The Oakland Athletics are pursuing a privately funded stadium in the city of Oakland, and have for some time.
Like the Rays, they seem to have settled on a final location that seems to make sense for their Bay area, and like the Rays provided in July, some renderings have finally been released.
Oakland’s stadium proposal includes what is essentially a waterfront build, and leans heavily into greenery (because “oak” land?) with trees and hobbit entrances for fans along the outfield stands.
None of that do I mean as a negative. This stadium would be iconic and settles into its natural surroundings well. It seems to take advantage of public transit, and the newly designated federal Opportunity Zones around the stadium should help drive ancillary development as well.
Here’s that map, as noted by Noah Pransky yesterday:
This map show where massive federal "opportunity zone" tax subsidies are available for development. If A's build at Howard Terminal (blue star), they could rake in federal $$ by developing out shaded area. If that happens, "privately-funded" is misleading. Thoughts @neildemause? pic.twitter.com/UCV0tSKsIT— Noah Pransky (@noahpransky) November 28, 2018
Now I would note that the shaded areas are open to all developers, not just the A’s ownership group, and that the “raking in federal $$” is truly just delaying paying taxes owed in order to spur on development today, but there is indeed federal benefit to be had.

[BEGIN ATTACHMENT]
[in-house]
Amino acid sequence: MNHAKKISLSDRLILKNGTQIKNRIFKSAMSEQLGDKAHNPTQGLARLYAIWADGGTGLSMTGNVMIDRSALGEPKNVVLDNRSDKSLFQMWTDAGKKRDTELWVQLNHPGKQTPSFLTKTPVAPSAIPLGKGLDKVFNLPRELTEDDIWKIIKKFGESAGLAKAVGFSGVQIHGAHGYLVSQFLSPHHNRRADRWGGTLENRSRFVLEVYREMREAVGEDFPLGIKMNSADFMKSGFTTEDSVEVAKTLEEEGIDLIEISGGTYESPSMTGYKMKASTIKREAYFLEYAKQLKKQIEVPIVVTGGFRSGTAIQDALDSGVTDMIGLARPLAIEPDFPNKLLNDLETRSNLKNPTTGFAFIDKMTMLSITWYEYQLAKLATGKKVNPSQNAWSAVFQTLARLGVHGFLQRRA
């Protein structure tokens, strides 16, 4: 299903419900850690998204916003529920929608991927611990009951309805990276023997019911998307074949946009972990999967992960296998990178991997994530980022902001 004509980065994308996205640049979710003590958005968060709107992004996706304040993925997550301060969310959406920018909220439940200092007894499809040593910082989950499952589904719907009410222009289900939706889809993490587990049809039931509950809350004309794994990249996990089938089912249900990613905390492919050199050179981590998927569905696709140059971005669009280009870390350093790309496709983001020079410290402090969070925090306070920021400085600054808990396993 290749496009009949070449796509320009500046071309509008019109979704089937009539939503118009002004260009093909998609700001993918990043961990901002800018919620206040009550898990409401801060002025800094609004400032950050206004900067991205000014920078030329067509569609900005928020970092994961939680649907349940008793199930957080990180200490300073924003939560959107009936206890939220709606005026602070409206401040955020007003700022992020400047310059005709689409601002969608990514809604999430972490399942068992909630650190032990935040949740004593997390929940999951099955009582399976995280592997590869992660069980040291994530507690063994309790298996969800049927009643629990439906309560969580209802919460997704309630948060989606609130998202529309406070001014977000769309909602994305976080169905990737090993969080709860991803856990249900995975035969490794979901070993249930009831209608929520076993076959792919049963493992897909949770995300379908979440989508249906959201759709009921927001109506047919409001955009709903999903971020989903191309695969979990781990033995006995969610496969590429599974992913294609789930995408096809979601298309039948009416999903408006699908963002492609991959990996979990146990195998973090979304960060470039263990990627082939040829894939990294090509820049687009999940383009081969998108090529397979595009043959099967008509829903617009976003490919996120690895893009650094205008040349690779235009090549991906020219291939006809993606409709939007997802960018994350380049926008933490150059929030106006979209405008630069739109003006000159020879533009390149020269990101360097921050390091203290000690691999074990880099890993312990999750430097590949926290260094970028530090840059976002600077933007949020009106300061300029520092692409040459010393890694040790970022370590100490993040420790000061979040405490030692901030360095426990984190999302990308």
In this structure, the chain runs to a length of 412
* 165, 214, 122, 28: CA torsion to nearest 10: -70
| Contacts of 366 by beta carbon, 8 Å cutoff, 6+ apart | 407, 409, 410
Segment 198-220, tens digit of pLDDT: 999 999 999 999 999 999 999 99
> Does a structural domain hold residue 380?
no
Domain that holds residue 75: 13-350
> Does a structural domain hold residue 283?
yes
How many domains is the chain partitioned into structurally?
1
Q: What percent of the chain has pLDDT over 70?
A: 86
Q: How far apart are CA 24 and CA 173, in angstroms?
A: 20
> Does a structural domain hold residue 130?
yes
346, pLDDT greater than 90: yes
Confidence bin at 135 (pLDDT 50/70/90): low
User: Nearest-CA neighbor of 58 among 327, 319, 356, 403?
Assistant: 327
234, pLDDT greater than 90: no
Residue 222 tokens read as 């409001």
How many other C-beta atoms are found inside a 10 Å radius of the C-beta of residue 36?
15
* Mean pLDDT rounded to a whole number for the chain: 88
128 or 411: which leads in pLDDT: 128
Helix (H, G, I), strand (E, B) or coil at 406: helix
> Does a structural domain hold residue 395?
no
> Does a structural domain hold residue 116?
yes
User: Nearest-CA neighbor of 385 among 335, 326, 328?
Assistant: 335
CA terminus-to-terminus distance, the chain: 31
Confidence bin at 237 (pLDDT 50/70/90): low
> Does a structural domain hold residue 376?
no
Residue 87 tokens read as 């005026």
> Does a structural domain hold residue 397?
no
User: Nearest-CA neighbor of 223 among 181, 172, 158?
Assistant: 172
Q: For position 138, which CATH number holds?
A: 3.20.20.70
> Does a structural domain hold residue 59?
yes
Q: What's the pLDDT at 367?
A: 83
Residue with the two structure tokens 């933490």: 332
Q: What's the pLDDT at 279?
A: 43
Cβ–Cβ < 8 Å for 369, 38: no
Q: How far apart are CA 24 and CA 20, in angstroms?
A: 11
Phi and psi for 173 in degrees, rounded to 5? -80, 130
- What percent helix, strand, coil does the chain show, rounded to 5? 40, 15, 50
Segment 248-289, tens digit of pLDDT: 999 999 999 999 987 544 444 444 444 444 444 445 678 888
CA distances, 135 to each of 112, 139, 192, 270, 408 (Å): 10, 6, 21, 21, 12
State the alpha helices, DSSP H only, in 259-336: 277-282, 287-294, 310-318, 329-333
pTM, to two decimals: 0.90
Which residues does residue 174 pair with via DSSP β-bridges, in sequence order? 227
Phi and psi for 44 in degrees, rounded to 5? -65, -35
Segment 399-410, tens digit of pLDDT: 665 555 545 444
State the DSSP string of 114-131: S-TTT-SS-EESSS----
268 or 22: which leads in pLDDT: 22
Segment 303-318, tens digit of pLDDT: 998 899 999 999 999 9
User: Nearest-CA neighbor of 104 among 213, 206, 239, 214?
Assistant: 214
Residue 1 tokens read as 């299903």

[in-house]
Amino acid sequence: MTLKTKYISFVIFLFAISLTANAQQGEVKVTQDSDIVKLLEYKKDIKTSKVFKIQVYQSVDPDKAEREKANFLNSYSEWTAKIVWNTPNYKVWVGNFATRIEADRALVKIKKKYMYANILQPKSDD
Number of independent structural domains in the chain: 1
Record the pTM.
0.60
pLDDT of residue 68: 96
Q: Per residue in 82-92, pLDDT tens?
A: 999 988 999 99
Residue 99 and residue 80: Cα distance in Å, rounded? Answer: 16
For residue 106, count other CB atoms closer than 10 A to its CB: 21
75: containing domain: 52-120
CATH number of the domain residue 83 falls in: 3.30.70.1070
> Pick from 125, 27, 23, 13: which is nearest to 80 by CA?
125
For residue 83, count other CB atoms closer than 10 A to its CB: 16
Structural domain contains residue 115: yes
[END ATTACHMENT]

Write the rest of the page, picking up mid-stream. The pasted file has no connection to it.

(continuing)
For more on Opportunity Zones and what they mean for the Rays new stadium, read my article here.
The new Atheltics location is optimal due to its placement for public transportation, which will also be a key element for the Rays proposed location in Ybor City. Again, Pransky has a map!
NEW: @GoBrightline proposal for Tampa high-speed-rail station doesn't specify one site, but suggests line will come through Ybor City, and into downtown. Potential stations could be adjacent to new #Rays stadium, @GoHART terminal in north downtown, or something in between. pic.twitter.com/XkyzJ9HLW9— Noah Pransky (@noahpransky) November 28, 2018
And although the Rays stadium does not capitalize on water being literally just beyond the outfield wall (yet? anyone want to extend that trench?) it does take advantage of the elements by having a clear dome, which will at least be a feature in good weather and bad.
Our friends at Athletics Nation have been covering the news here, and at that link you can see the A’s proposal for re-developing the Oakland Coliseum into an outdoor park.
What do you think of the A’s design?
How do you grade the new A’s stadium design and location?
This poll is closed
A - cannot do better
B - I like most of it
C - meets expectations
D - could have done better
F - this is terrible